Exercise Is Medicine Is Gold For Illinois
- Kinesiology and Community Health
- Nick Burd
- Alana Harris
- University of Illinois
- College of Applied Health Sciences
- Exercise is Medicine—On Campus
- American College of Sports Medicine
The Illinois Exercise is Medicine—On Campus initiative has been recognized by the American College of Sports Medicine as a gold-level campus. UIUC is being recognized as a healthy academic environment, with physical activity and exercise opportunities and the commitment to create a culture of wellness on campus.
By encouraging faculty, staff and students to engage in regular physical activity and exercise, EIM-OC is positively influencing the overall health of the community. A focus of the initiative is to make movement a part of the daily campus culture, assessing physical activity, and giving students tools to build good physical activity habits, said Alana Harris, Associate Director Assessment, Student Wellness, and Adventure Recreation at Illinois Campus Recreation, who was a member of the founding committee at Illinois in the fall of 2017.
“It is creating a space and a place for students to see all of the different ways they can engage in physical activity and find things they enjoy doing,” she said. “We serve as a hub for all of the things related to physical activity and exercise that are available as resources and services to students on our campus.”
EIM-OC at Illinois has members from across campus and the community, with representation from the following areas: Kinesiology and Community Health, Campus Recreation, Counseling Center, McKinley Health, Christie Clinic and the Kinesiology Students Association. KCH assistant professor Nick Burd is the committee chair, and other members include Harris, Dr. Scott Paluska (Christie Clinic), Felicia Fordyce (McKinley Health), Deidre Weathersby (Counseling Center) and Alexis King, who is serving as the grad student representative.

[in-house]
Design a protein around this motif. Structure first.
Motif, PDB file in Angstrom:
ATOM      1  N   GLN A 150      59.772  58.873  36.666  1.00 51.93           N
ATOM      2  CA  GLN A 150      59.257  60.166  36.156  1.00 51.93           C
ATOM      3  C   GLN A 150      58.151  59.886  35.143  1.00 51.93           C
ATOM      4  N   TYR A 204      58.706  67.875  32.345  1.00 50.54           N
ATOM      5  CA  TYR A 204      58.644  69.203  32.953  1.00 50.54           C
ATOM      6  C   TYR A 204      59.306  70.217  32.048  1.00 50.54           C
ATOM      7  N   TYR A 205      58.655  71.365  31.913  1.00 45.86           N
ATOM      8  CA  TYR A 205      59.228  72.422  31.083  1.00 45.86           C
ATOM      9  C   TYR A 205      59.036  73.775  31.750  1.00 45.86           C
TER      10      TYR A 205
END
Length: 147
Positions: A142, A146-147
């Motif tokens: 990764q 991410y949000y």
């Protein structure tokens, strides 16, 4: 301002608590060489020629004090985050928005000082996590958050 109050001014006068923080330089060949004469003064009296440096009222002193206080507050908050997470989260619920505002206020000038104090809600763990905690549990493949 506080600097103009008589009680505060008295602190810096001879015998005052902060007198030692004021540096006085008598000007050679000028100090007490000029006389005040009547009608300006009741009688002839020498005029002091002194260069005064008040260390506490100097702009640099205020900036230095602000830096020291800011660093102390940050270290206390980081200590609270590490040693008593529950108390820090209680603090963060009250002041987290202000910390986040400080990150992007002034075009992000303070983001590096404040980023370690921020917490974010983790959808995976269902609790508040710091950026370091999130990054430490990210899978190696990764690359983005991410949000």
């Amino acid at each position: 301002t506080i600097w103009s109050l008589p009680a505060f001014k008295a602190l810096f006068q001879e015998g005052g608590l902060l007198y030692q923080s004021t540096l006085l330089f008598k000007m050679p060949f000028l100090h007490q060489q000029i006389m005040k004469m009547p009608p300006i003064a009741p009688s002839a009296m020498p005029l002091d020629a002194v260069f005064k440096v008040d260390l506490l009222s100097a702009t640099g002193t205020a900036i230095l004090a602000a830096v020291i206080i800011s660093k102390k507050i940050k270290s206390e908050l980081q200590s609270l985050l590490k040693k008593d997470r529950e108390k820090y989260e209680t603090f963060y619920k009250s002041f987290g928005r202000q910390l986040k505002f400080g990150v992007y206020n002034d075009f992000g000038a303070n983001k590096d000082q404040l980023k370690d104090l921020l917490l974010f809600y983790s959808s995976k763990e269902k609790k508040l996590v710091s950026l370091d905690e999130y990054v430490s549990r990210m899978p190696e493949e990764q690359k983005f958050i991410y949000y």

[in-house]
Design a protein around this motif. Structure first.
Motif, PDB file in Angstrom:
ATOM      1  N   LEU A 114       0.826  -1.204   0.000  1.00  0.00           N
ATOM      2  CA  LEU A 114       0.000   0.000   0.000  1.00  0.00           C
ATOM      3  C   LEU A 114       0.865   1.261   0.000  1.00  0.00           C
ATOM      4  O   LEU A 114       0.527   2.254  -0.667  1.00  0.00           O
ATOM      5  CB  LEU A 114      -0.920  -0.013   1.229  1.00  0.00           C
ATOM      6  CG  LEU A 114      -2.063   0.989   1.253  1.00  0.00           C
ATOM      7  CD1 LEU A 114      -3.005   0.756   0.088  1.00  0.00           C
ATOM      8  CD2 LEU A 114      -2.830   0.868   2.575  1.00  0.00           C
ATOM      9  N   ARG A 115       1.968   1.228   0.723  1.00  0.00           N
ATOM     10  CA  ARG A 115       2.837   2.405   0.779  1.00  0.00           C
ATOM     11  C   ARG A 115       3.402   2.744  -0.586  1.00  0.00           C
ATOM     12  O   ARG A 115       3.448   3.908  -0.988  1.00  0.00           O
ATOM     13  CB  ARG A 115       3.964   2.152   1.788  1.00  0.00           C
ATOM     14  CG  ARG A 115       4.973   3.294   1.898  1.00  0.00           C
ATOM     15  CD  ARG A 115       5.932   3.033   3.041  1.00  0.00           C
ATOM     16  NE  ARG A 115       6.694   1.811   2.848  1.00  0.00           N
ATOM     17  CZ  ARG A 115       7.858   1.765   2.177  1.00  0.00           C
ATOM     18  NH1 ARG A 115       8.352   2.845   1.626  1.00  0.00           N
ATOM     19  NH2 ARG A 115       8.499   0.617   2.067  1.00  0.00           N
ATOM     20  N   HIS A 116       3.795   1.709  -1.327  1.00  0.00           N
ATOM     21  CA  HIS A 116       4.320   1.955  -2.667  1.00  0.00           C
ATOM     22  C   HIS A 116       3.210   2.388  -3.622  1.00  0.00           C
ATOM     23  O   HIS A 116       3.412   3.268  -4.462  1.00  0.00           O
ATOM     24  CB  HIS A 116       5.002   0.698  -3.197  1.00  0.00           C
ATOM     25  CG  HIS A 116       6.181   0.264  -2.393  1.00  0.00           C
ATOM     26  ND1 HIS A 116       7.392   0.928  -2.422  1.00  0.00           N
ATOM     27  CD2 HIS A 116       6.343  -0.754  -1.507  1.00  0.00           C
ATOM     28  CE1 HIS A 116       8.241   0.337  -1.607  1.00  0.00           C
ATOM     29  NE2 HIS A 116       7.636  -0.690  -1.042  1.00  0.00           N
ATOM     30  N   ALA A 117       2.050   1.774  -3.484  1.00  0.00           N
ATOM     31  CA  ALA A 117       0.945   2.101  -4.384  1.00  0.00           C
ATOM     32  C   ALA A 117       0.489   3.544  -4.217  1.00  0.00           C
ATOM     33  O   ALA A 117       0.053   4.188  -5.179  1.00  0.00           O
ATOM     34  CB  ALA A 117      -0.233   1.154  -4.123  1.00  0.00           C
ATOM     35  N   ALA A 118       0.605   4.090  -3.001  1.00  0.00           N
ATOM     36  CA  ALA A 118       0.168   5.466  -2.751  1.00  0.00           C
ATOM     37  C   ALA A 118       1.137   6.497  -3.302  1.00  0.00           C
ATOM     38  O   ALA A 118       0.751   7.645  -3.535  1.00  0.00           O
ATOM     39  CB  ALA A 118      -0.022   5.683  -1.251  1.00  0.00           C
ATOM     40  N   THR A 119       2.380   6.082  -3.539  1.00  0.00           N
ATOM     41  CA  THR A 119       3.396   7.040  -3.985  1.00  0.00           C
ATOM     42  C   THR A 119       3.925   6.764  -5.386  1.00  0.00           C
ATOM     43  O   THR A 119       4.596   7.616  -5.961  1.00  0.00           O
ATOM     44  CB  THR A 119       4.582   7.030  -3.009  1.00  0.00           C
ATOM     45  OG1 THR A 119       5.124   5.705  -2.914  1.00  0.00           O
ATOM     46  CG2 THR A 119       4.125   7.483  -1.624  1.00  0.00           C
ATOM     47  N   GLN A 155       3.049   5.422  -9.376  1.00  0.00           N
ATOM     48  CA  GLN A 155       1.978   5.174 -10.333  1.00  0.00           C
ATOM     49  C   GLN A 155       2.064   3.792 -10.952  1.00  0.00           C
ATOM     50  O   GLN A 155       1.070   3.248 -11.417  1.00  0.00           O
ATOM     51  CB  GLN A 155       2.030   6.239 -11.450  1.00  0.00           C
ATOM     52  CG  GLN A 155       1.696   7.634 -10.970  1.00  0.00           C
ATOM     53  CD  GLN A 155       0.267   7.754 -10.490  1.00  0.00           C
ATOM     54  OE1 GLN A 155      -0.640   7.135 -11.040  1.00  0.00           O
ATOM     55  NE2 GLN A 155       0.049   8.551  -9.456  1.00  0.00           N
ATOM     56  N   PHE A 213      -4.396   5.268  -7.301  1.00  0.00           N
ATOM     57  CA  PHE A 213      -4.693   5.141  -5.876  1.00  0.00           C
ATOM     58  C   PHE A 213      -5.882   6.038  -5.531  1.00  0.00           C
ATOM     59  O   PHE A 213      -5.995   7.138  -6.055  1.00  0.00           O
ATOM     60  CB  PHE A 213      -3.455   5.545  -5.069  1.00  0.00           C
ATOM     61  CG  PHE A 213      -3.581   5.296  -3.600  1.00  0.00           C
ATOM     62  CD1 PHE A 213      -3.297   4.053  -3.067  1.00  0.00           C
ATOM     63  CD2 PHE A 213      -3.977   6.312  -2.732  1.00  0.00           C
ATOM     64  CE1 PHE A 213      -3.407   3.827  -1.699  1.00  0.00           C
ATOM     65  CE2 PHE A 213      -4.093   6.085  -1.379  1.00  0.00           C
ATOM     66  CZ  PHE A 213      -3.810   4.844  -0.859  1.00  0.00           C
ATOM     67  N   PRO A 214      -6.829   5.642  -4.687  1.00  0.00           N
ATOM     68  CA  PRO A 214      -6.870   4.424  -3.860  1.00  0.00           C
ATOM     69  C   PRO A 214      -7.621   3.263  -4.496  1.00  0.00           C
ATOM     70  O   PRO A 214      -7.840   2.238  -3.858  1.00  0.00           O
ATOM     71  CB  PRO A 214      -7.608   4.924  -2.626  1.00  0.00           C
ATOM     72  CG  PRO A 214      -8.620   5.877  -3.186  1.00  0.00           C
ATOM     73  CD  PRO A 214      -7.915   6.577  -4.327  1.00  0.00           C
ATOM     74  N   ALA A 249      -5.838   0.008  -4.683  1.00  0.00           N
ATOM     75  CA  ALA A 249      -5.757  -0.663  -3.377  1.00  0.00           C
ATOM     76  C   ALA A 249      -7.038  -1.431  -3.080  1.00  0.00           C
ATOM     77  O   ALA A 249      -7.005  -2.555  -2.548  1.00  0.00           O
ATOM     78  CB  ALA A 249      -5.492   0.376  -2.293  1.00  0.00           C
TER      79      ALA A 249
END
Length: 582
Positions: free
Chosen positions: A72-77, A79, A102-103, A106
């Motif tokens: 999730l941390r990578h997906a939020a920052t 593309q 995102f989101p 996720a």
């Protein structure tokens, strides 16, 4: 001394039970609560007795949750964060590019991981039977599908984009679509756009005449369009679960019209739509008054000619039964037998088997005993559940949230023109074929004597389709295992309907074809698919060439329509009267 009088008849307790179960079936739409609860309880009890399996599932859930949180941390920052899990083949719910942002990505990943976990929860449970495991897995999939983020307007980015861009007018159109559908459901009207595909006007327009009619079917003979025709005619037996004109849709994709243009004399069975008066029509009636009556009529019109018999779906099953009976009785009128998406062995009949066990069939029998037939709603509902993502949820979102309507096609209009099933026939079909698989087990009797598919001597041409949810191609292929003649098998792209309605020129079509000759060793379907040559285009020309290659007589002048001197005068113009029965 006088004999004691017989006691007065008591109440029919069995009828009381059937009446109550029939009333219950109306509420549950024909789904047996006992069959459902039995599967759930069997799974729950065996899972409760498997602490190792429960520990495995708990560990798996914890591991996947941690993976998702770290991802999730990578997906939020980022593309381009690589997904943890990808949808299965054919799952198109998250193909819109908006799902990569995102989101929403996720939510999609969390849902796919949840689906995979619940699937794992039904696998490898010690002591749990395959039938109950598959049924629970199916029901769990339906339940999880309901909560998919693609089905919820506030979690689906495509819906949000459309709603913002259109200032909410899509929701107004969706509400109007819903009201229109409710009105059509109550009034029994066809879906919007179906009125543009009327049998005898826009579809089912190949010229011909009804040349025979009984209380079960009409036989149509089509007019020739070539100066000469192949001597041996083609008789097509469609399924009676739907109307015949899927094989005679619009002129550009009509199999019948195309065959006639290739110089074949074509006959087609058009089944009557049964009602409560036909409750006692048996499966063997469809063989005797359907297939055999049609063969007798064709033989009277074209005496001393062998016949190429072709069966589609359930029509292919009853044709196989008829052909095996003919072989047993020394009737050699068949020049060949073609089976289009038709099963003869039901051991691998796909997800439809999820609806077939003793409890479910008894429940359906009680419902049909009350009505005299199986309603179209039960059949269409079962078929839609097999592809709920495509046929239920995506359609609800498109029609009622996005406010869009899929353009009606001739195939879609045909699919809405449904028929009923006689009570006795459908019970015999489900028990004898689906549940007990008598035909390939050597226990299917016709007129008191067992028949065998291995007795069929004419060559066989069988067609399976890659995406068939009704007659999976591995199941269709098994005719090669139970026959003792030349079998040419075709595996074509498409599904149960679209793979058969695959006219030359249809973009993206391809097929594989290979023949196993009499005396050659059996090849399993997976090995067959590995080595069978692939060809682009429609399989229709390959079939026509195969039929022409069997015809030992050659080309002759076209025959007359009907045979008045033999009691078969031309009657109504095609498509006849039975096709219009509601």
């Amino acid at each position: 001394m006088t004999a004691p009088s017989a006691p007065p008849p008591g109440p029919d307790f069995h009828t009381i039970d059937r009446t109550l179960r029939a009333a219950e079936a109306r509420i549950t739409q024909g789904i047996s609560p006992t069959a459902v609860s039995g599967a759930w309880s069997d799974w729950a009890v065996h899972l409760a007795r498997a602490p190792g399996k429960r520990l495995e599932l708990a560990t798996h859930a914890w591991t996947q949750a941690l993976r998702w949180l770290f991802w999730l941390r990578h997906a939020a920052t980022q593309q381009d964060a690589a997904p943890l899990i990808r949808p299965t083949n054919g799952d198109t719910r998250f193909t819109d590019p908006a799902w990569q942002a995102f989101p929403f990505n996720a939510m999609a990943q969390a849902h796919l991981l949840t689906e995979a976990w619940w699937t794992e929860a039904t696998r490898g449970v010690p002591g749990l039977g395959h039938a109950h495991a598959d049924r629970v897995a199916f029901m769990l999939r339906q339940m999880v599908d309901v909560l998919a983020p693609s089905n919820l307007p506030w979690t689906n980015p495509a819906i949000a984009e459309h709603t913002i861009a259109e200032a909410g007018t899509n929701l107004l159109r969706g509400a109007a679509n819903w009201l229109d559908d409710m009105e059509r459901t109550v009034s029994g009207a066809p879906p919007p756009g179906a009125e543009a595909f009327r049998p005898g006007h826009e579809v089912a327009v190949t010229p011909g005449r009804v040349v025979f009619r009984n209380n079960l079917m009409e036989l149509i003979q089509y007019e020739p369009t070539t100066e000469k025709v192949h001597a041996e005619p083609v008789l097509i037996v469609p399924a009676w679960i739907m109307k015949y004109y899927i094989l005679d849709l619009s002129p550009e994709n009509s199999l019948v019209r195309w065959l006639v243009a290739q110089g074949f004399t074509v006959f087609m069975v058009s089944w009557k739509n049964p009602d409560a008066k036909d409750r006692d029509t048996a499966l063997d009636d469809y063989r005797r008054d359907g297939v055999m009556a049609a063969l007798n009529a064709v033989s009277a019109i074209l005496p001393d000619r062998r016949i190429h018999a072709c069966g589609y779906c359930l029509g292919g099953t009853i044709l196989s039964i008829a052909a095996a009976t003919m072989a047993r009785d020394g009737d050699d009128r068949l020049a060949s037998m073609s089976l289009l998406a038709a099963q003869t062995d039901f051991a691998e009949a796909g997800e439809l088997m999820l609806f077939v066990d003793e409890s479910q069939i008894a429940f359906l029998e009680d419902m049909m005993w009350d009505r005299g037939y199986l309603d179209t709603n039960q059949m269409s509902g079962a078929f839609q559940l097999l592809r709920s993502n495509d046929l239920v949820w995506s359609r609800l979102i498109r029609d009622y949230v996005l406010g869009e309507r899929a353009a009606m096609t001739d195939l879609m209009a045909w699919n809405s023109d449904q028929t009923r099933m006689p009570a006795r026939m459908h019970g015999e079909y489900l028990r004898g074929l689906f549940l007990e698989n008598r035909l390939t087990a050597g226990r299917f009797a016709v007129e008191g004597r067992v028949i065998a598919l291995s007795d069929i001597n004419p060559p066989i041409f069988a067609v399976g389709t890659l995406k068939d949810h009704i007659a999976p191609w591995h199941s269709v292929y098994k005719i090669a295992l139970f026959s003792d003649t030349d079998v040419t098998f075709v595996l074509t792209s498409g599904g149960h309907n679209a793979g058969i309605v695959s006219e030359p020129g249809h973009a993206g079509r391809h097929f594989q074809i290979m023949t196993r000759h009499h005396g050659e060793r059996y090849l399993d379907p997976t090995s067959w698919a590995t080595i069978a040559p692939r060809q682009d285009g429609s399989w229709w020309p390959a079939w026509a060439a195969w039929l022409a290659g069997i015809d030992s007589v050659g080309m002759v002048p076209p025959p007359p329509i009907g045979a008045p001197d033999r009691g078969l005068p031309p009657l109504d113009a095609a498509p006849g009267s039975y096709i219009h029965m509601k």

The program serves multiple objectives: relationship builder, recruiting student participants for other programs, and spreading the word on important topics of wellness. The committee is designed as a mix of professionals and students to engage listeners in different ways, as well as provide experience to student facilitators.
“Everybody was working independently with the same common goal of improving the health and well-being of students and faculty,” Burd said. “And this was an initiative to integrate us, people who have the same common goals—students and professionals on campus—to work together, to promote all of these great programs that we certainly have on campus. And that, I think, encompasses what EIM is.”
“We were doing great things already, but the recognition requirements state that your campus health center must discuss physical activity at health appointments. By simply asking students, during intake, at the McKinley Health Center if they are achieving the recommended 150-minutes of moderate intensity physical activity weekly we are building awareness and potentially giving a cue to action,” she said, “Something simple but potentially very impactful. We have partners at the Counseling Center who are represented on this committee … mental health is another new area of emphasis for this committee. And so we invited colleagues from the Counseling Center last year to assist in having conversations with students about the benefit of regular physical activity on mental health and cognition. Just recognizing that physical activity isn't just for students who are already in good health, but that it has a positive impact no matter where you are on the health continuum and that your gateway to a more active lifestyle could be through many different doors on this campus.”